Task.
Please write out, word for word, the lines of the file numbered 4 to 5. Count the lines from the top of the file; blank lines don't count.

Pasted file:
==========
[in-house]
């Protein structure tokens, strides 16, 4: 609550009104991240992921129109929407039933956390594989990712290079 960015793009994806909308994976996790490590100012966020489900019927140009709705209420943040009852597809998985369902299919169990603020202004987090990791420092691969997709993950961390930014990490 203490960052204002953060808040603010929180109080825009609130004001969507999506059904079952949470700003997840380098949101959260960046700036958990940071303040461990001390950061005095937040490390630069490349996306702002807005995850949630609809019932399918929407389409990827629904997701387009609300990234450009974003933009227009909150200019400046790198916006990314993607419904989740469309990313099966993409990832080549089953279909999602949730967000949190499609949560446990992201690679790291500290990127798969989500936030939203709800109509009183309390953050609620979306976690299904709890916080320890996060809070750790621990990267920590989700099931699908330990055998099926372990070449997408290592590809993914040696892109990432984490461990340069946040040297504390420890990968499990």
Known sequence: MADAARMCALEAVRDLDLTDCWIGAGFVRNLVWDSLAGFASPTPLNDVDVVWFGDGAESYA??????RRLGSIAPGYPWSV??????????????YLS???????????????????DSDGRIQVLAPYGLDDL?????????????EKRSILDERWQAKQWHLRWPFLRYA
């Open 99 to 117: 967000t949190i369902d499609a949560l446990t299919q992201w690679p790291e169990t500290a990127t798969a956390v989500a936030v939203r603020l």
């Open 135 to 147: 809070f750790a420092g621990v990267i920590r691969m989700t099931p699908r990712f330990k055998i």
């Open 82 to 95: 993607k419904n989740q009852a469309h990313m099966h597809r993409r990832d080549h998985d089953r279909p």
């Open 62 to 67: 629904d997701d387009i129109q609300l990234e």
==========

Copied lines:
């Open 99 to 117: 967000t949190i369902d499609a949560l446990t299919q992201w690679p790291e169990t500290a990127t798969a956390v989500a936030v939203r603020l």
């Open 135 to 147: 809070f750790a420092g621990v990267i920590r691969m989700t099931p699908r990712f330990k055998i």